Luckily, learning Markdown is straightforward once you put forth the effort. With a minor time investment, Markdown can improve your blogging process, adding efficiencies that you might not have known were possible.

Are you excited to give Markdown a try? Leave any unanswered questions in the comments and our experts will help you get acquainted with this new skill!

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Comments

  1. It certainly wonderful technology but unfortunately it does not work well for blind people as cannot listen to shots that are placed as some sort of instruction, I can only listen to the written word.
    Nigel

    Like

  2. hecklerm says:

    Some small quibbles:

    First, Mou hasn’t been maintained/updated since 2014 (?!?) and won’t run on the past two (or more) versions of MacOS. I might suggest using Atom or VSCode + a Markdown plugin if you’re on a Mac.

    Second, you don’t say how to actually write a blog post using Markdown. Write it in the normal editor? Code editor? Write it elsewhere & copy/paste it into the code editor?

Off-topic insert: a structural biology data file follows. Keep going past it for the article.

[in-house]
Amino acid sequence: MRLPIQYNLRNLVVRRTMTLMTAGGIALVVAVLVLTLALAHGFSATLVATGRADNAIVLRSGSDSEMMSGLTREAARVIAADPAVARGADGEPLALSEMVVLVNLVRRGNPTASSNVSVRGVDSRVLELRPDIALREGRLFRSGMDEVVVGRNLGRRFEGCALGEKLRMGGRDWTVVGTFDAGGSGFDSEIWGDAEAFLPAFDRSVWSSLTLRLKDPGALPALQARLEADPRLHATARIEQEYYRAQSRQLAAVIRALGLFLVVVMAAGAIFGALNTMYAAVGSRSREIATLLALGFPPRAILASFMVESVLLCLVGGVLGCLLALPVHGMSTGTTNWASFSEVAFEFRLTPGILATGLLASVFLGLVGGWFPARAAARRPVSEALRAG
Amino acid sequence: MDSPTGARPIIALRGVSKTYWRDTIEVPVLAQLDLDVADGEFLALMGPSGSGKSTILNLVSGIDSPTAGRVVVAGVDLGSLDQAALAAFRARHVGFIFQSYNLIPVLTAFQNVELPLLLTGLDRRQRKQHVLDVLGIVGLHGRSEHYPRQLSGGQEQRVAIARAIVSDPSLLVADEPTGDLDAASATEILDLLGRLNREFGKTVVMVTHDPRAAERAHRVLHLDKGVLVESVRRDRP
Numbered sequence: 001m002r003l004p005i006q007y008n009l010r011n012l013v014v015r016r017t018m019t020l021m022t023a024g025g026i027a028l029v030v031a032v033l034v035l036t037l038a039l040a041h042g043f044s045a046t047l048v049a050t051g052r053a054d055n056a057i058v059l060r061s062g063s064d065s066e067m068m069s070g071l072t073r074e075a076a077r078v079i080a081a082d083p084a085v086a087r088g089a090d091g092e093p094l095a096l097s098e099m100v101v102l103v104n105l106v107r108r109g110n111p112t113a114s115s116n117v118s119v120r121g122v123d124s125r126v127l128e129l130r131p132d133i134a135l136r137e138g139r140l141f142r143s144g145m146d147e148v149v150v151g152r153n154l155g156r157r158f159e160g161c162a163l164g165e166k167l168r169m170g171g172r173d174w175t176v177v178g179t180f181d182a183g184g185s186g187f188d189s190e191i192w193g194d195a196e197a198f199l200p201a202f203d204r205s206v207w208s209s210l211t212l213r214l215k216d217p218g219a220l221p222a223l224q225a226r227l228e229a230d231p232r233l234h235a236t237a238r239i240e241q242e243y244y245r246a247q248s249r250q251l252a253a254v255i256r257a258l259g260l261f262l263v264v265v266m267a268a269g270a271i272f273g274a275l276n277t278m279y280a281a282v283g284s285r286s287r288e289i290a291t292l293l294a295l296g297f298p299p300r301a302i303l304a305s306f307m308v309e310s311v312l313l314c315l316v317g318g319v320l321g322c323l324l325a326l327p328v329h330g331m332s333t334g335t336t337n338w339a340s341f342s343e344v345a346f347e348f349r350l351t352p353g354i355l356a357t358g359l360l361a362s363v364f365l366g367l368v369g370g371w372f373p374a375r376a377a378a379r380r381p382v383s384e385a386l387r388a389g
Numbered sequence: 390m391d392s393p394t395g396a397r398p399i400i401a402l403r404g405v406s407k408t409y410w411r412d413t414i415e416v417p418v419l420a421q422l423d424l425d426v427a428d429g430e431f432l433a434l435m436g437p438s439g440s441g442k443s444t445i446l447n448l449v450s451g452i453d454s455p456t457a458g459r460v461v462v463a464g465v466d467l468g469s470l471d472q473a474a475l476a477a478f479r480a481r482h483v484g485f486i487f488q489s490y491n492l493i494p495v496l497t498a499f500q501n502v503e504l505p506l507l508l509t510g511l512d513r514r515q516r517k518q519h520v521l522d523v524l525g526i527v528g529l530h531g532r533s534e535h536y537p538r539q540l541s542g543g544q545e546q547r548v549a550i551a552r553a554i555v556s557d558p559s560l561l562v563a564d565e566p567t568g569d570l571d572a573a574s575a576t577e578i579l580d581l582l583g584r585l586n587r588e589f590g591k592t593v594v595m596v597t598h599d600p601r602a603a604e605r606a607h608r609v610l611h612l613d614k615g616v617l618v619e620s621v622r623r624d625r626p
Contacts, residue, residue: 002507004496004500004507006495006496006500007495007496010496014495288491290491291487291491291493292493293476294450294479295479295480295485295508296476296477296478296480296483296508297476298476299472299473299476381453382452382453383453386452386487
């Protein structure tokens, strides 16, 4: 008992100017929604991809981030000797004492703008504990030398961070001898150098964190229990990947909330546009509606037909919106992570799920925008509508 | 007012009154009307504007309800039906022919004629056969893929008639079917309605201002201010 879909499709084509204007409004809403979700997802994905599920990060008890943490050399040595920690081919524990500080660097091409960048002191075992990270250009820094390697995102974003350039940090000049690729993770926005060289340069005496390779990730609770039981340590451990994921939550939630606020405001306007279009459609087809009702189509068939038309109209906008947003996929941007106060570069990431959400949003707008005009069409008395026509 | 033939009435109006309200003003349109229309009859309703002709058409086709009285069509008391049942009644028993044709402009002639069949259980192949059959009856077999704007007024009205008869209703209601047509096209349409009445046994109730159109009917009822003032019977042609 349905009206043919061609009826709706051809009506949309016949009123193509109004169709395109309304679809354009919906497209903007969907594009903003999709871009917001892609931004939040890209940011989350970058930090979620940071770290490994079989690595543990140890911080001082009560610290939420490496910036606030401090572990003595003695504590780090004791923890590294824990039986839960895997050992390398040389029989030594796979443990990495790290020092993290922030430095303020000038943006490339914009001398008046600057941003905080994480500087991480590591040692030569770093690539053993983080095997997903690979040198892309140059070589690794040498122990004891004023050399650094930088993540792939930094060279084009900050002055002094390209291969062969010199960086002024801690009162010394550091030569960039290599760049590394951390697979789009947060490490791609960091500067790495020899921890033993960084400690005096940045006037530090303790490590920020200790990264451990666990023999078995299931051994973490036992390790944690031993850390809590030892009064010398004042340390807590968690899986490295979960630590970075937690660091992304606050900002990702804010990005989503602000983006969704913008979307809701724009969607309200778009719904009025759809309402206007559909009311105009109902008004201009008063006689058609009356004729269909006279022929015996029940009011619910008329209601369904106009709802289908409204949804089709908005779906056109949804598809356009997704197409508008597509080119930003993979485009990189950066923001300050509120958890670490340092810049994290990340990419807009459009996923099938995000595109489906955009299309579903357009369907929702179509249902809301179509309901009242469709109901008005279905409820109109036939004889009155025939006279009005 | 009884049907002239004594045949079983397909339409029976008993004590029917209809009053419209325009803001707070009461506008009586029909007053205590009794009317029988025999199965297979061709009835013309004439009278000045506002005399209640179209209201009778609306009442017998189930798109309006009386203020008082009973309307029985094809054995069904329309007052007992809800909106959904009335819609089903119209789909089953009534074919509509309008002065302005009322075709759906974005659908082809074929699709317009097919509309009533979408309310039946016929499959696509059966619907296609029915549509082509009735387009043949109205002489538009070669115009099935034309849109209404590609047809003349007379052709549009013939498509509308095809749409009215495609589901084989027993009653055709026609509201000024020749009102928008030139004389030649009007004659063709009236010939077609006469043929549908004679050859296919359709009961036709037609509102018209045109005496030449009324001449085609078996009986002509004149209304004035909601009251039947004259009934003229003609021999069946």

I used to use a plug in for this but since the latest WP release, it no longer works. Please clarify the expected workflow to use Markdown.

    Good article encouraging a good thing (use of Markdown), but it stops just short of making it practical to do so. Please elaborate!

    Cheers,
    Mark

    Like

    • Adam says:

      Mark,

      First of all, sweet last name! 😀

      Mou hasn’t been maintained/updated since 2014 (?!?) and won’t run on the past two (or more) versions of MacOS. I might suggest using Atom or VSCode + a Markdown plugin if you’re on a Mac.